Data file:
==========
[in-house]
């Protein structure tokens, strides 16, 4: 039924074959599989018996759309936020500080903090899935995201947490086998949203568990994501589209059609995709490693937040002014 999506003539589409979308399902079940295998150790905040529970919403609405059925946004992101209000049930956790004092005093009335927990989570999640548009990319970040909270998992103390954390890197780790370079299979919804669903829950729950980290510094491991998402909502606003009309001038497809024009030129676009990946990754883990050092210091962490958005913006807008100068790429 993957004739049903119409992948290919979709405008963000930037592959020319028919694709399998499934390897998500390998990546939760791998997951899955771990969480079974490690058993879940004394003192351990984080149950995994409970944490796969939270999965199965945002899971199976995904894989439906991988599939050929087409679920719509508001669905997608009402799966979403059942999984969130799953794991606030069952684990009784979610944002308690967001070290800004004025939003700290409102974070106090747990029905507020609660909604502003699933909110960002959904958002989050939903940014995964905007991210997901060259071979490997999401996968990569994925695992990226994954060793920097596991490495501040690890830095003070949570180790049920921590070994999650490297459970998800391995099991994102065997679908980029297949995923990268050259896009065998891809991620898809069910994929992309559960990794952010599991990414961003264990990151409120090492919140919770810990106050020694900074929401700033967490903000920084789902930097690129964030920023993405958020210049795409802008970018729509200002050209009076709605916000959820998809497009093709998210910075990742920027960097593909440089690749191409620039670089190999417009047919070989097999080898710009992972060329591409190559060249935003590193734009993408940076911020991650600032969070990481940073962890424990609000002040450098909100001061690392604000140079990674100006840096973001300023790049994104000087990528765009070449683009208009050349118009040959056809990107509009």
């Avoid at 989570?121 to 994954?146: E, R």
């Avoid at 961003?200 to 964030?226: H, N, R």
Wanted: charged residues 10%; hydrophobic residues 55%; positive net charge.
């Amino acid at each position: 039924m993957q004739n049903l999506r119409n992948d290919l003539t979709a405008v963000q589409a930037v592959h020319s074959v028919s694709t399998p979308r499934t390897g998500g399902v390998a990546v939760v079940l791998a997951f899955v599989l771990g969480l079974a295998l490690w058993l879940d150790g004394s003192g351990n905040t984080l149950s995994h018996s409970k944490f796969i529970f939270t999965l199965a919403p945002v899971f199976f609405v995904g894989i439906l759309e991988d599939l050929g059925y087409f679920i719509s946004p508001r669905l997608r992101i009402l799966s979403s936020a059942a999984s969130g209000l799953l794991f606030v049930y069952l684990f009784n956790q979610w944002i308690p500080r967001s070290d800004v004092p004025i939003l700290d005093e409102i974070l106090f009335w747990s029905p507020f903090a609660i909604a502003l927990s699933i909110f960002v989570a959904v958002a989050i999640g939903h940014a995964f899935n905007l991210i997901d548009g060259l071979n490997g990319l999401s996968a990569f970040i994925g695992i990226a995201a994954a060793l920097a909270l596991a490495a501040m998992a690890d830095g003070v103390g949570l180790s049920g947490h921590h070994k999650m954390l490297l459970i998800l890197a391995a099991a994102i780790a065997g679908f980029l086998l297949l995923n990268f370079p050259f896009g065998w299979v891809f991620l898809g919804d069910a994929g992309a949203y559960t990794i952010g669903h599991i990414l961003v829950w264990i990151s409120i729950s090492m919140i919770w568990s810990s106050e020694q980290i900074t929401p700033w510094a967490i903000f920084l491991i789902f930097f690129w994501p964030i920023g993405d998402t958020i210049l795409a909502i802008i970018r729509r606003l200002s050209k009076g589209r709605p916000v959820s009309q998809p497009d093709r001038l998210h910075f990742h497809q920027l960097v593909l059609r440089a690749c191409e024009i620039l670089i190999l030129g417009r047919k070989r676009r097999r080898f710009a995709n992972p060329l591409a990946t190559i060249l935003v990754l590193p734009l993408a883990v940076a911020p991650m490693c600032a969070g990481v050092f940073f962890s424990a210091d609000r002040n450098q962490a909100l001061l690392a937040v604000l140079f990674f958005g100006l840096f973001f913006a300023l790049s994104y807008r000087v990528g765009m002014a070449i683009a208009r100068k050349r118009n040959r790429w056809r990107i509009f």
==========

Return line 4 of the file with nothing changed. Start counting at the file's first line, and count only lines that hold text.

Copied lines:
């Avoid at 961003?200 to 964030?226: H, N, R």